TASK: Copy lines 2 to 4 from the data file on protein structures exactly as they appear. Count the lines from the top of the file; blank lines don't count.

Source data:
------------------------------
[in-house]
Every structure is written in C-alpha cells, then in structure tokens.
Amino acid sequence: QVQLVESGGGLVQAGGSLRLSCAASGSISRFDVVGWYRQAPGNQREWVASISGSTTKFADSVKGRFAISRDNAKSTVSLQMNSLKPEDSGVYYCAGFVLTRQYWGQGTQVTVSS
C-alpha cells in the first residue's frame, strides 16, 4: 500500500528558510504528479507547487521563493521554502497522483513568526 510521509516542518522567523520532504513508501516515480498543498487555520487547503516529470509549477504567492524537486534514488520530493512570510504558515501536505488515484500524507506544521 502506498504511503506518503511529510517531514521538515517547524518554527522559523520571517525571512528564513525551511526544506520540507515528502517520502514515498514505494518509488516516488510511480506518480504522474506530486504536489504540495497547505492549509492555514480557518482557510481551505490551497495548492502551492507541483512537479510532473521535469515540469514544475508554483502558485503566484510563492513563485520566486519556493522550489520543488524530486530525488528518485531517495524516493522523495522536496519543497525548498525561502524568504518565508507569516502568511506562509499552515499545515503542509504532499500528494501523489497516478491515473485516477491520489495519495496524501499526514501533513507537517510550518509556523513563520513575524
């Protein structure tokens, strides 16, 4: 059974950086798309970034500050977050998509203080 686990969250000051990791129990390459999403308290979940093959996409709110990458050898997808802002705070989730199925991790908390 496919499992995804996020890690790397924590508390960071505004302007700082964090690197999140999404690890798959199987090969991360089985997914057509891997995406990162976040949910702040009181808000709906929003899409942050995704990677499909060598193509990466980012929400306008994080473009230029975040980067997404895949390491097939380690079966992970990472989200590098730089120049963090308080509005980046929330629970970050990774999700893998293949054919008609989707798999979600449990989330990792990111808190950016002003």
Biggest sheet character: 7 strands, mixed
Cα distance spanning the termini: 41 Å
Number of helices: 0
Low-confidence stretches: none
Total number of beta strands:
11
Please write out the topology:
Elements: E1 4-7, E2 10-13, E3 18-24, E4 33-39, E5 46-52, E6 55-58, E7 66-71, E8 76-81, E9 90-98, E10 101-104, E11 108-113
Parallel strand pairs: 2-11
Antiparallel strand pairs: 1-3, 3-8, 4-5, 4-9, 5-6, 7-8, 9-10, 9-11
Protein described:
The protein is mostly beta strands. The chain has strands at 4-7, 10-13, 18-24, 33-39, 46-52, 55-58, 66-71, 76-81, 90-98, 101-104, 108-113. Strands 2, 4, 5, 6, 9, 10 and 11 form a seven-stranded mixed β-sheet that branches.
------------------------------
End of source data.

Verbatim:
Every structure is written in C-alpha cells, then in structure tokens.
Amino acid sequence: QVQLVESGGGLVQAGGSLRLSCAASGSISRFDVVGWYRQAPGNQREWVASISGSTTKFADSVKGRFAISRDNAKSTVSLQMNSLKPEDSGVYYCAGFVLTRQYWGQGTQVTVSS
C-alpha cells in the first residue's frame, strides 16, 4: 500500500528558510504528479507547487521563493521554502497522483513568526 510521509516542518522567523520532504513508501516515480498543498487555520487547503516529470509549477504567492524537486534514488520530493512570510504558515501536505488515484500524507506544521 502506498504511503506518503511529510517531514521538515517547524518554527522559523520571517525571512528564513525551511526544506520540507515528502517520502514515498514505494518509488516516488510511480506518480504522474506530486504536489504540495497547505492549509492555514480557518482557510481551505490551497495548492502551492507541483512537479510532473521535469515540469514544475508554483502558485503566484510563492513563485520566486519556493522550489520543488524530486530525488528518485531517495524516493522523495522536496519543497525548498525561502524568504518565508507569516502568511506562509499552515499545515503542509504532499500528494501523489497516478491515473485516477491520489495519495496524501499526514501533513507537517510550518509556523513563520513575524